COLUMBIA, SC (WCBD) — A public hearing Wednesday on the South Carolina transgender bathroom bill drew a crowd to the Statehouse, most of whom were against the bill. The bill would prohibit transgender people from using the restrooms or locker rooms of the gender they identify as.
Sen. Lee Bright, R-Spartanburg, introduced the bill and chaired the subcommittee hearing to take public comments. He said after the meeting, “I do believe it’s a right to privacy, and it comes down to a fundamental safety issue. I don’t think men should be allowed in women’s restrooms.”
In the roughly hour-and-a-half meeting, only four people spoke in favor of the bill. Rev. Johnny Gardner told senators, “Anybody that’s decent does not want someone walking in on their spouse or their daughter or their granddaughter.”
Matt Sharp and Kellie Fiedorek, with the national Alliance Defending Freedom, told senators the bill would protect the privacy of students in schools. Sharp said it is a real problem. “Earlier this year, Lambda Legal sent a letter to the school district, Horry County School District over in Myrtle Beach, demanding that they allow a student to use the restroom of the opposite sex and threatening legal action if they didn’t,” he said. “It would put students at risk of bodily exposure to the opposite sex that is demeaning, humiliating, and potentially harmful.”
Sen. Joel Lourie, D-Columbia, said he’ll fight to block the bill from coming to a vote if it ever gets out of committee. He asked Fiedorek for examples of there being a problem with transgender people using restrooms. She said there’s a recent case in Dallas where a man who’s transitioning to a woman used a women’s restroom at a hospital. A concerned woman called police and the man was given a citation.
“Well now there’s a lawsuit taking place, where his attorney, working for Lambda Legal, says that he has every right to be in that bathroom because he’s transitioning to a woman. This gentleman, who says now he’s a transgender woman, actually is a convicted sex offender. In his past, he has sexually assaulted and abused young girls and now they’re trying to argue that, because he now believes he’s a woman, he should be allowed in the bathroom of his choice,” she said. She said there are other cases, too.
But the vast majority of the testimony was against the bill. Capri Culpepper, an 18-year-old transgender woman from Anderson, told senators that she dropped out of high school because of harassment. In 2014, when she was still going by the name Chase, she sued the state DMV when she went to get her driver’s license because a clerk made her take off her makeup for her license photo. The clerk said she needed to look like a boy, since that’s what was on her birth certificate. She won the lawsuit.
“I just ask for you to look at me and tell me that I belong in a men’s restroom,” she told senators. “And obviously that would be wrong, because in doing so you would put me at risk.”
Chase Glenn, a transgender man, had the same message. He said, “Senator Bright, would your wife or your daughters like to share a bathroom with me? Would they feel comfortable if I walked in the room? I’m thinking it would not make them feel any safer, which is what you’re saying this bill is supposed to do.”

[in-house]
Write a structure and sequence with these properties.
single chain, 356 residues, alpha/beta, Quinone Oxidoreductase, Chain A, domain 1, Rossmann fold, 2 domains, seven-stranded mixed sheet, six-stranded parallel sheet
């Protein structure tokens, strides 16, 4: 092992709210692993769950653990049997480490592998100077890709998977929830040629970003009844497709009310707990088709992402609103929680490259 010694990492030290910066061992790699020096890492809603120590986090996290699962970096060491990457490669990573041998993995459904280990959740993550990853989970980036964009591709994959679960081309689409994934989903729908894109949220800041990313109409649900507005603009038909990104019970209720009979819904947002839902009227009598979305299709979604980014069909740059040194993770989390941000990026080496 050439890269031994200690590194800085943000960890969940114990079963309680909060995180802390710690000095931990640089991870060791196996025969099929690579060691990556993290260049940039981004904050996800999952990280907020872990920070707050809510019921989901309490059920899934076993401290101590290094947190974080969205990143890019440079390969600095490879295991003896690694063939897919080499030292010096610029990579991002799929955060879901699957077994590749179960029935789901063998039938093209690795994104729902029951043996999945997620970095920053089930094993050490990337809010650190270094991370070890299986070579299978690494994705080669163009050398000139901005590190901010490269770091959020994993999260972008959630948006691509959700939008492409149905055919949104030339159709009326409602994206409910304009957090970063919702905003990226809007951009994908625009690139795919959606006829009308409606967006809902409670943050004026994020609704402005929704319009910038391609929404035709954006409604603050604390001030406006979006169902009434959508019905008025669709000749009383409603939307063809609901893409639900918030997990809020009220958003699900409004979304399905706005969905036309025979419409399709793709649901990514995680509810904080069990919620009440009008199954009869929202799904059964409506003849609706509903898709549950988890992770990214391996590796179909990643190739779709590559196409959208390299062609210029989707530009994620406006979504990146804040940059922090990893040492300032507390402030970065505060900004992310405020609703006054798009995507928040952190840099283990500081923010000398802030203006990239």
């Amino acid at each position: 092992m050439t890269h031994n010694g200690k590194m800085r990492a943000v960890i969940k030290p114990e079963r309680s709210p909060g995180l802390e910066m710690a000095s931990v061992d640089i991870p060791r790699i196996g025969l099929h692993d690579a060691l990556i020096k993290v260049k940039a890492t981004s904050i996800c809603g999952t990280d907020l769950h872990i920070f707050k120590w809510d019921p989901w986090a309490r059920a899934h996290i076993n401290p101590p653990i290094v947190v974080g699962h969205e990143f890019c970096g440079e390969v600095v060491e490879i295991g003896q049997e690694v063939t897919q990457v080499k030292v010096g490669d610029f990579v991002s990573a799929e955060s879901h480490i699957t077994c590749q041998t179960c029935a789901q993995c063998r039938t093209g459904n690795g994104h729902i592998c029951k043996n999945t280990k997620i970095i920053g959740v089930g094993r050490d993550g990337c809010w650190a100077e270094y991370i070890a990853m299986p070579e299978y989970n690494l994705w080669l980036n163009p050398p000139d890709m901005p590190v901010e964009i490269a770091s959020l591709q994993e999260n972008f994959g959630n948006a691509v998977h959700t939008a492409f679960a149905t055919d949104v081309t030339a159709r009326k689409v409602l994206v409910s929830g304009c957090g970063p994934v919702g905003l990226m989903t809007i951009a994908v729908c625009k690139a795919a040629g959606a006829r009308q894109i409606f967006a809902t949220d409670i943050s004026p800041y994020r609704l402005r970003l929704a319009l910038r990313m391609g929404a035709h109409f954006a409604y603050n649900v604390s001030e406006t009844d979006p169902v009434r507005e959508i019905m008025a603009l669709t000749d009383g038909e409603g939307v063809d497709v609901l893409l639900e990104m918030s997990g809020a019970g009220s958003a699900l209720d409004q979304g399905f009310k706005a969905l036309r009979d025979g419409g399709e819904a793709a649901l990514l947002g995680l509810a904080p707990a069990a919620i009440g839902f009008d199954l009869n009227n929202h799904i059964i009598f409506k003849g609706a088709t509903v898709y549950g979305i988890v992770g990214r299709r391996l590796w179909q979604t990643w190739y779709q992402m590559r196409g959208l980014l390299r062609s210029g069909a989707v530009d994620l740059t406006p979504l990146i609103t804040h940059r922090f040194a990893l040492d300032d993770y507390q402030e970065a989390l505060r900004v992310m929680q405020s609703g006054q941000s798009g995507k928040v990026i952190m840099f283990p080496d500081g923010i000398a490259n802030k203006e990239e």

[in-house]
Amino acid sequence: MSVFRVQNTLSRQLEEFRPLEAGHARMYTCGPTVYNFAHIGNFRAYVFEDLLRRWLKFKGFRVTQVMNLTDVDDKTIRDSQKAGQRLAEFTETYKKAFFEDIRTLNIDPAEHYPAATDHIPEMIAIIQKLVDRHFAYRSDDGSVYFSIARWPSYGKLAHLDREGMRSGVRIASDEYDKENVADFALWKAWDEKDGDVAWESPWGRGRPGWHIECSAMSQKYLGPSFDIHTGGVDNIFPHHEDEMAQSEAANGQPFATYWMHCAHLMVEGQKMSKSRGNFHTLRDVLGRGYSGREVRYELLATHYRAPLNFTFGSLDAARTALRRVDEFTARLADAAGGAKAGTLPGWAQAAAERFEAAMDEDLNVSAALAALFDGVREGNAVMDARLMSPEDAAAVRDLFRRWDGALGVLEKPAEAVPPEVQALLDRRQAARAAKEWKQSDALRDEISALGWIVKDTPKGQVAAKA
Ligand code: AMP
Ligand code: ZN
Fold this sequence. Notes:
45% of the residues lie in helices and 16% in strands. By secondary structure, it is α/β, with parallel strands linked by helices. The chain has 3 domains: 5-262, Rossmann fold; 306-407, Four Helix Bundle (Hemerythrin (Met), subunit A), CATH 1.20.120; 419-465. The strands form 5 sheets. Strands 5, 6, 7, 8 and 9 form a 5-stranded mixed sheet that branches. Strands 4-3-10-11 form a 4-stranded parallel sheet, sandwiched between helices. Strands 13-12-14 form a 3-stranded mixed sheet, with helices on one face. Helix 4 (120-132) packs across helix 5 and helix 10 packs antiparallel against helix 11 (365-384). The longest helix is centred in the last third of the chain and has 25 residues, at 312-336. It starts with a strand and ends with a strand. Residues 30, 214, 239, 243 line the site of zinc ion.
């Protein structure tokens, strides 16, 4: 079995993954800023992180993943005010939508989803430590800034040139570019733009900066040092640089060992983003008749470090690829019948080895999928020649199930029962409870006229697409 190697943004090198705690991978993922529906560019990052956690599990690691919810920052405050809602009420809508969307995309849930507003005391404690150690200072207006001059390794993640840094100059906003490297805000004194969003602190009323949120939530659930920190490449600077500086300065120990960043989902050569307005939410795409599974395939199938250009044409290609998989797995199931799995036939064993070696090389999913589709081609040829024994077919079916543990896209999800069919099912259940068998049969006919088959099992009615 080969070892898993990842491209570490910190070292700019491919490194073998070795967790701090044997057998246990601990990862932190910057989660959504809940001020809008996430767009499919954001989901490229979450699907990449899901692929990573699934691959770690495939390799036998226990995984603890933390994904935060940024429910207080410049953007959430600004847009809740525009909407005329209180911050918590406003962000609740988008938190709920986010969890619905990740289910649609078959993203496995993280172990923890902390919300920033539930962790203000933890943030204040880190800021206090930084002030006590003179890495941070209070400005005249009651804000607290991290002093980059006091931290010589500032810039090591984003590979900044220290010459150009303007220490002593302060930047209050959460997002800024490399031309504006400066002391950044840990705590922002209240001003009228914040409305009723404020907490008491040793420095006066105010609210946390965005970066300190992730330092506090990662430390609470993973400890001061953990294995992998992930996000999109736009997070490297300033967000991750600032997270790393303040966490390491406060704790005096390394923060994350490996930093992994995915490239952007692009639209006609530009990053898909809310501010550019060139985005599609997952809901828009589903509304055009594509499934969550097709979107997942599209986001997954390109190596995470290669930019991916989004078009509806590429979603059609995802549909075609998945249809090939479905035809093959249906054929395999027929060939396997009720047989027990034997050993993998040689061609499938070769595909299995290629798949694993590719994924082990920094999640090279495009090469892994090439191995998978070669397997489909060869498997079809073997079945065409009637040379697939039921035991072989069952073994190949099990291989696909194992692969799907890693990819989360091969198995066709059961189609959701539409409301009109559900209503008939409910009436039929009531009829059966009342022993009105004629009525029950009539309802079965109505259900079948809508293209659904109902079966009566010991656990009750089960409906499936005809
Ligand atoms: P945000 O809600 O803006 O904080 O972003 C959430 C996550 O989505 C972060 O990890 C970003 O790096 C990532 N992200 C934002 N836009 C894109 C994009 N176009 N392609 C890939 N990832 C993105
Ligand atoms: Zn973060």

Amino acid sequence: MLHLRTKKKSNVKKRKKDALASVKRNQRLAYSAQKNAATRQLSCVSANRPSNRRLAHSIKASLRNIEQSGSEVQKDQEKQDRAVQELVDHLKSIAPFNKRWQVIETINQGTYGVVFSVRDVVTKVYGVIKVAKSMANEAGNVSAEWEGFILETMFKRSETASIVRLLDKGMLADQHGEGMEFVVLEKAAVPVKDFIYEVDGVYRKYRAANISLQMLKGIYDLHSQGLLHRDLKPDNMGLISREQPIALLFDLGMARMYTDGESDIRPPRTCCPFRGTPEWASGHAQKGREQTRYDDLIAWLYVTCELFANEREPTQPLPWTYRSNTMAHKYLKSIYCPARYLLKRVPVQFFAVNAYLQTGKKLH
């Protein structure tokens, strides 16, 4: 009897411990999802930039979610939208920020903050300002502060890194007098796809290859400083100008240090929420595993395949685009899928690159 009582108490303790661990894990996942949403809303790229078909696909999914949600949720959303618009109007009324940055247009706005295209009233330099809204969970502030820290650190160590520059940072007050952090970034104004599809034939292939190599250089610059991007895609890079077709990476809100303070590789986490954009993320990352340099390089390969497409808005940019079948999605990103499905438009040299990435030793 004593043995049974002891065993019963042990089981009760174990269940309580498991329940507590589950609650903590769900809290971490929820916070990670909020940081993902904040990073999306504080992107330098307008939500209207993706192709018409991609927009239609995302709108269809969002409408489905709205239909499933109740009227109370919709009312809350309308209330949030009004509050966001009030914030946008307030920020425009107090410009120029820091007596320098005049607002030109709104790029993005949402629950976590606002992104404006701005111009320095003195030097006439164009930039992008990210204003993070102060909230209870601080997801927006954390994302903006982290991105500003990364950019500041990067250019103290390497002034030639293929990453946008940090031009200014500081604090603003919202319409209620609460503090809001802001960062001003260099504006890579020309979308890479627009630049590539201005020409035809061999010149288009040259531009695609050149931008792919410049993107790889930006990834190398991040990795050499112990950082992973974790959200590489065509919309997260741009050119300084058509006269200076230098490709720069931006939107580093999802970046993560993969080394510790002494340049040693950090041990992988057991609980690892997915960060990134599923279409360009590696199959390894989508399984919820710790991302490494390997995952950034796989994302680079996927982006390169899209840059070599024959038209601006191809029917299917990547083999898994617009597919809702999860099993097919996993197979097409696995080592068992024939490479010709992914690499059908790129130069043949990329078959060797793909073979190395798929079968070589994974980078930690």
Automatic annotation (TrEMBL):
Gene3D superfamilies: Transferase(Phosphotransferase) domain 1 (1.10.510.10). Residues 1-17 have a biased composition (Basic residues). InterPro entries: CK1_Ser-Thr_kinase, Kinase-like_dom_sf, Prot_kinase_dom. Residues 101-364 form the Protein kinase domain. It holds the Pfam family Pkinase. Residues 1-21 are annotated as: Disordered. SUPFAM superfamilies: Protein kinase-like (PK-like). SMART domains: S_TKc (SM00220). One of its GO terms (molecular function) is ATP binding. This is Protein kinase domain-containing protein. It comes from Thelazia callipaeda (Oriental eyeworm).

Sen. Bright says there are accommodations for transgender students who don’t want to use the restroom for the gender they were born. But 13-year-old transgender boy Grayson Keck says that means he has to walk all the way to the nurse’s restroom. He misses most of a class, and also has to deal with stares and questions about why he’s going there. His mother says he refuses to use the girl’s bathroom, which is what would be required under this bill.
Grayson told senators, “I do not deserve to be forced to use a restroom where I do not feel safe. None of the people supporting this bill know the pain of constantly having to prove yourself to a world that you do not feel safe in.”
Blair Durkee, a transgender woman who’s a Ph.D student at Clemson, says she’s been using women’s bathrooms ever since she transitioned and it’s never been a problem. She says there’s no way she’ll ever use a men’s bathroom again. “Really, this bill is just not common sense,” she says. “It’s forcing men to use women’s restrooms and women to use men’s rooms, which is precisely what it’s supposed to prevent, so it’s kind of ironic in that sense.”
There were so many people who wanted to speak on the bill that the subcommittee will hold another hearing Thursday. It will be one hour after the Senate adjourns, and, since there’s no set time for adjournment, it’s impossible to say right now when that will be. The meeting will be in room 308 in the Gressette Senate office building at the Statehouse. That meeting will be streamed live on the Statehouse website, www.scstatehouse.gov.
A subcommittee typically votes on a bill. It goes on to a full committee only if it gets a favorable vote. But for this bill, the chairman of the Senate General Committee, Sen. Kevin Bryant, R-Anderson, plans to have a full committee hearing and vote on the bill without a subcommittee vote. He’s a co-sponsor of the bill.